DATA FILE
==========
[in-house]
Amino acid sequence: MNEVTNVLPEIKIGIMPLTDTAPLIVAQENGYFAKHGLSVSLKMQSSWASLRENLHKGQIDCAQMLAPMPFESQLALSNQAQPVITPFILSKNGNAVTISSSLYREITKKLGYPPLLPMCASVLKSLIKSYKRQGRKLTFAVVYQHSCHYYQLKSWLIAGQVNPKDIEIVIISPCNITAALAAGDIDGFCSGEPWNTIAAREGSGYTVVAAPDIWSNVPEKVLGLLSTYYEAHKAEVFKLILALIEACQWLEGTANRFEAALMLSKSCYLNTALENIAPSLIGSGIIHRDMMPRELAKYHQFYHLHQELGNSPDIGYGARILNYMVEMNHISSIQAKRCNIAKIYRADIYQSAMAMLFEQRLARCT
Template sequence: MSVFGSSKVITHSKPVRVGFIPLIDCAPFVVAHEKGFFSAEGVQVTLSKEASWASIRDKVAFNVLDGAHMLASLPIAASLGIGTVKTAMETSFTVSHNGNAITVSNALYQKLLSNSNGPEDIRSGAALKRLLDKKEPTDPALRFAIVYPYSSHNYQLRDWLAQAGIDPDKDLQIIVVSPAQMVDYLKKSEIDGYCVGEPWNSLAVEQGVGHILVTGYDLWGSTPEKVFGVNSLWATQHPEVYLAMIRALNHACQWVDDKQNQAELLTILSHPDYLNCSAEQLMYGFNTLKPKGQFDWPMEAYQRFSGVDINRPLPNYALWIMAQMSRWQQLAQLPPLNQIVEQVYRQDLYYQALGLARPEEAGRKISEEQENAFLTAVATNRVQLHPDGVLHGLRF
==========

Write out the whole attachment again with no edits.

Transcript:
[in-house]
Amino acid sequence: MNEVTNVLPEIKIGIMPLTDTAPLIVAQENGYFAKHGLSVSLKMQSSWASLRENLHKGQIDCAQMLAPMPFESQLALSNQAQPVITPFILSKNGNAVTISSSLYREITKKLGYPPLLPMCASVLKSLIKSYKRQGRKLTFAVVYQHSCHYYQLKSWLIAGQVNPKDIEIVIISPCNITAALAAGDIDGFCSGEPWNTIAAREGSGYTVVAAPDIWSNVPEKVLGLLSTYYEAHKAEVFKLILALIEACQWLEGTANRFEAALMLSKSCYLNTALENIAPSLIGSGIIHRDMMPRELAKYHQFYHLHQELGNSPDIGYGARILNYMVEMNHISSIQAKRCNIAKIYRADIYQSAMAMLFEQRLARCT
Template sequence: MSVFGSSKVITHSKPVRVGFIPLIDCAPFVVAHEKGFFSAEGVQVTLSKEASWASIRDKVAFNVLDGAHMLASLPIAASLGIGTVKTAMETSFTVSHNGNAITVSNALYQKLLSNSNGPEDIRSGAALKRLLDKKEPTDPALRFAIVYPYSSHNYQLRDWLAQAGIDPDKDLQIIVVSPAQMVDYLKKSEIDGYCVGEPWNSLAVEQGVGHILVTGYDLWGSTPEKVFGVNSLWATQHPEVYLAMIRALNHACQWVDDKQNQAELLTILSHPDYLNCSAEQLMYGFNTLKPKGQFDWPMEAYQRFSGVDINRPLPNYALWIMAQMSRWQQLAQLPPLNQIVEQVYRQDLYYQALGLARPEEAGRKISEEQENAFLTAVATNRVQLHPDGVLHGLRF